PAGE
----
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ALUMNI QUARTERLY - winter 2008
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Managing to Create Social Innovation

Given that Warren Nilsson is a doctoral student in the McGill Faculty of Management, his choice of research subject - a Montreal meals-on-wheels organization called Santropol Roulant - may at first sound a bit odd. But as a means to identify universal principles of social innovation, Nilsson says he couldn't ask for a better archetype.

Santropol's mission is simple: provide food, fellowship and security to home-bound Montrealers. But in this simple work, the award-winning voluntary organization has somehow become an intergenerational life-force in its community, introducing hundreds of teens and young adults (including many McGill students) to volunteering, and catalyzing numerous complementary initiatives in close partnership with business and government. "Santropol is a small organization with big themes," Nilsson says. "And they've managed to develop a meaningful voice without becoming very big or even powerful."

Caption follows
Warren Nilsson.

He wants to know how Santropol does it, and he is finding the organization's amplified impact has everything to do with the way it relates to people, time and boundaries. "I am looking at really broad themes," he says, "but in a hands-on, down-to-earth way. In the coming years I will expand my research of these themes to dozens of organizations. And if I'm successful in expressing the insights in meaningful ways and with rich examples, these insights may be useful to other organizations that are working together to solve societal problems."

In his exploration of the secrets behind successful social innovation, Nilsson is not alone in McGill's Faculty of Management. He's not even unusual.

For the Washington-based Aspen Institute's semi-annual Beyond Grey Pinstripes study of MBA programs across North America, McGill Management recently performed an extensive audit to measure its level of commitment to researching and teaching the principles of corporate social responsibility and environmental sustainability. What the survey revealed, like the portrait of a scattered family, was a remarkable resemblance that runs across the Faculty's departments, degree programs and personnel.

Numerous courses around innovation and the social impact of business have been created or refined in recent years. The McGill branch of Net Impact, an international organization of socially and environmentally minded MBA students, provides management and financial consulting for Montreal not-for-profit organizations and brings in provocative speakers on topics such as corporate accountability, international development, shared prosperity, fair trade and the Kyoto Protocol.

Its undergraduate counterpart, McGill Business Watch, screens iconoclast films like Roger and Me and Affluenza, champions the Rethink environmental campaign for a sustainable McGill campus, and unapologetically promotes Adbusters' annual "Buy Nothing Day." The Dobson Centre for Entrepreneurial Studies leans toward the creation of enterprises that aspire to social good alongside profit. The Centre for International Management Studies has organized governments, schools and social organizations to promote sustainable growth in developing economies around the globe, including Pakistan, Eastern Europe, Indonesia and Africa. Through the McGill Health Initiative, the Faculties of Management and Medicine are partnering to develop greater efficiencies in health management. And during its three-year run, the breakthrough McGill-McConnell Program educated senior and emerging leaders from influential voluntary sector organizations in the arts, education, family, human rights, literacy, hunger, health and the environment.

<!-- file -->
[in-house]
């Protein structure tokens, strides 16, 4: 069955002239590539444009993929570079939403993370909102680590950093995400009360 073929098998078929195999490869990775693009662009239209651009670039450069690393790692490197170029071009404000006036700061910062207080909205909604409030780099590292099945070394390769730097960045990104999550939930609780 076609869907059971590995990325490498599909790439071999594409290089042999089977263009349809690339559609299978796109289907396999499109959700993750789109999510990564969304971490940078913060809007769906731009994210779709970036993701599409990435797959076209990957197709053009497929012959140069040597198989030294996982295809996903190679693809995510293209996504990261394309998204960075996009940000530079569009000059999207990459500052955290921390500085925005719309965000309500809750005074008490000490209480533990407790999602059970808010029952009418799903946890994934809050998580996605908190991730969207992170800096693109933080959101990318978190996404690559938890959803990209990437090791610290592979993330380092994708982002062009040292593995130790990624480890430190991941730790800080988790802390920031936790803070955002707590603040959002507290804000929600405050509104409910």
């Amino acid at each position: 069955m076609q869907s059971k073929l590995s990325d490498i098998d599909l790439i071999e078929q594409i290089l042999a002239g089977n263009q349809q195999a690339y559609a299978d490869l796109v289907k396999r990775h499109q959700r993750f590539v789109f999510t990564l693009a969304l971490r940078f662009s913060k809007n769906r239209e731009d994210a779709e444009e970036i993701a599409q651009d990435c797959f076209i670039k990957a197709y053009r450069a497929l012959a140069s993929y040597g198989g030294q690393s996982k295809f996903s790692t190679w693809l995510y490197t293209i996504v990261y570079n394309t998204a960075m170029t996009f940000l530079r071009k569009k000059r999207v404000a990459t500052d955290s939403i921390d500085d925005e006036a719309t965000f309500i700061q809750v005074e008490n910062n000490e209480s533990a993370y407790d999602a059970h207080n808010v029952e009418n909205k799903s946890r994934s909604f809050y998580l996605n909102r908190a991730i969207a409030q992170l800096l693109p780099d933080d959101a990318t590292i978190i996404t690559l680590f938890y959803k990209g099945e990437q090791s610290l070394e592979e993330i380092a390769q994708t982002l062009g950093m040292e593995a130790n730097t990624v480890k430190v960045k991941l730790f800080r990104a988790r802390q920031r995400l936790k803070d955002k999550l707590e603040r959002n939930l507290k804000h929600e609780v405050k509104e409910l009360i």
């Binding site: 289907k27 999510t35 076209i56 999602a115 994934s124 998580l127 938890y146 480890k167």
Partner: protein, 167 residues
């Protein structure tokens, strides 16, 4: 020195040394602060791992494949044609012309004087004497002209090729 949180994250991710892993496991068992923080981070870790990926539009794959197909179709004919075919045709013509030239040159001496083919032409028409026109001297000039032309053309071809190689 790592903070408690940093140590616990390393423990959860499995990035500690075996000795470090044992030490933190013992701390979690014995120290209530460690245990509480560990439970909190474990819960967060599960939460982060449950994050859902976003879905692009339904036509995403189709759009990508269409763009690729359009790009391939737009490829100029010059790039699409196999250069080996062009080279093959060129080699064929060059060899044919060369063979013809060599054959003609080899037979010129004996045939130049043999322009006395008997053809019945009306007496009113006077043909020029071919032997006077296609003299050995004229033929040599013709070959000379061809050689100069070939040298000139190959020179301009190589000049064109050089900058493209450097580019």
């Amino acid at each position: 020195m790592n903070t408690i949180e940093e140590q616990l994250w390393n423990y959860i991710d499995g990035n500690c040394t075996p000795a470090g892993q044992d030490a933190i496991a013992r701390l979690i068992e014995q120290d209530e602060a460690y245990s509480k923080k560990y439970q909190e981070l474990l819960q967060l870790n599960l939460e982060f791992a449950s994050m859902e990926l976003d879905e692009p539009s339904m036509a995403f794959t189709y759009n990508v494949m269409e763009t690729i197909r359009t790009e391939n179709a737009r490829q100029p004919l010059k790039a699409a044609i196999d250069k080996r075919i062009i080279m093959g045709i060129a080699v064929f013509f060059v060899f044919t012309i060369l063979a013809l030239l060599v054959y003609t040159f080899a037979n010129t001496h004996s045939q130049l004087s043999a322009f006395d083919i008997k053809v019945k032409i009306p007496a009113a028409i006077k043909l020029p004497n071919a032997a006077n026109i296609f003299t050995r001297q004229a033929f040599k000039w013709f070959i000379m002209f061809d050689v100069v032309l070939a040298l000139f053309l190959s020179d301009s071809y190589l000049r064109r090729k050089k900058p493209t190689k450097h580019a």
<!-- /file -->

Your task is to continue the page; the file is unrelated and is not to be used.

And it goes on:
In the button-down world of management education, this is not exactly business as usual. But neither is the markedly eclectic Faculty of Management's professoriate. Since internationally acclaimed strategy guru Henry Mintzberg, BEng'61, began addressing the social context of business at McGill in the 1960s, the Faculty has attracted academics from a variety of non-traditional business backgrounds - engineering, political science, sociology and the arts.

"Over the years it began to become a part of the accepted idiom of the Faculty that we had people working in areas that you wouldn't have thought of as conventional, Harvard Business School territory," says Frances Westley, MA'75, PhD'78, the James McGill Professor of Strategy and former director of the McGill-McConnell Program. "The research was not looking at straight business, but rather the interface of business and society."

The Beyond Grey Pinstripes exercise helped identify this trend; a recent top-three ranking among Canadian management faculties by Corporate Knights, a magazine promoting socially responsible business practices, seconded the notion. Today, as many as half of full-time professors in the faculty are invested in research around social innovation, corporate responsibility or environmental sustainability: Mintzberg on cross-sector collaboration, Nancy Adler on leadership in developing countries, Laurette Dubé on social marketing, Steve Maguire on collaborative response to AIDS, Paola Perez-Aleman on the social impacts of innovation in developing countries, Vedat Verter on ethical management models of waste material transportation, Susan Christoffersen on ethical investing by mutual and pension funds, to name just a few.

Caption follows
Margaret Graham.

"I could go right down the hall and find any number of people whose work impinges in one way or another on the social side," says Margaret Graham, faculty director of the McGill Innovation Consortium. Now this increasing cohort of professors from a cross-section of management disciplines collaborates at monthly social innovation roundtables. This is a positive trend, Graham suggests, because the lack of knowledge about social innovation has so far doomed society to face its most fearsome problems without rigorously proven strategies.